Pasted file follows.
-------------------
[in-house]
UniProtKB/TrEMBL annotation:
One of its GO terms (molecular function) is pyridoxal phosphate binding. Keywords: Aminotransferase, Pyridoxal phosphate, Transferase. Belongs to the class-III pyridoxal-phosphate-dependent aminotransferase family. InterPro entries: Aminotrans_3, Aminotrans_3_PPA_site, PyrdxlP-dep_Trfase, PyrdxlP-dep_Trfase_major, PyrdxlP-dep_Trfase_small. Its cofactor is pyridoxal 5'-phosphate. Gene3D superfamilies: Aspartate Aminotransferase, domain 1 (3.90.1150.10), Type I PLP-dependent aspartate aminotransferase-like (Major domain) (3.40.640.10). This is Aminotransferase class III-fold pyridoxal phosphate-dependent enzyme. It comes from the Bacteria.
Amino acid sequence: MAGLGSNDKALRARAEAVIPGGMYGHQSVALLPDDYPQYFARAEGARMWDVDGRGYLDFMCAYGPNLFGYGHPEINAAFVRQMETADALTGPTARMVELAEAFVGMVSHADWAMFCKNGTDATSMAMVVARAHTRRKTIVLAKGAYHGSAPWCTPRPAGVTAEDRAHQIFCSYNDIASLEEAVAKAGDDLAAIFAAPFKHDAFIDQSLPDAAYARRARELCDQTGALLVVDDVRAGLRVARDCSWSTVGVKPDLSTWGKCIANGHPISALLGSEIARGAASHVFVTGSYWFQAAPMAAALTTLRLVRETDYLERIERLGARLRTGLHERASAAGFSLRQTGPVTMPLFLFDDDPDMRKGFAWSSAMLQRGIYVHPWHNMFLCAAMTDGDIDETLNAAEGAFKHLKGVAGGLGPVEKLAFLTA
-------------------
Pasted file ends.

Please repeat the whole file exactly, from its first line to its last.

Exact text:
[in-house]
UniProtKB/TrEMBL annotation:
One of its GO terms (molecular function) is pyridoxal phosphate binding. Keywords: Aminotransferase, Pyridoxal phosphate, Transferase. Belongs to the class-III pyridoxal-phosphate-dependent aminotransferase family. InterPro entries: Aminotrans_3, Aminotrans_3_PPA_site, PyrdxlP-dep_Trfase, PyrdxlP-dep_Trfase_major, PyrdxlP-dep_Trfase_small. Its cofactor is pyridoxal 5'-phosphate. Gene3D superfamilies: Aspartate Aminotransferase, domain 1 (3.90.1150.10), Type I PLP-dependent aspartate aminotransferase-like (Major domain) (3.40.640.10). This is Aminotransferase class III-fold pyridoxal phosphate-dependent enzyme. It comes from the Bacteria.
Amino acid sequence: MAGLGSNDKALRARAEAVIPGGMYGHQSVALLPDDYPQYFARAEGARMWDVDGRGYLDFMCAYGPNLFGYGHPEINAAFVRQMETADALTGPTARMVELAEAFVGMVSHADWAMFCKNGTDATSMAMVVARAHTRRKTIVLAKGAYHGSAPWCTPRPAGVTAEDRAHQIFCSYNDIASLEEAVAKAGDDLAAIFAAPFKHDAFIDQSLPDAAYARRARELCDQTGALLVVDDVRAGLRVARDCSWSTVGVKPDLSTWGKCIANGHPISALLGSEIARGAASHVFVTGSYWFQAAPMAAALTTLRLVRETDYLERIERLGARLRTGLHERASAAGFSLRQTGPVTMPLFLFDDDPDMRKGFAWSSAMLQRGIYVHPWHNMFLCAAMTDGDIDETLNAAEGAFKHLKGVAGGLGPVEKLAFLTA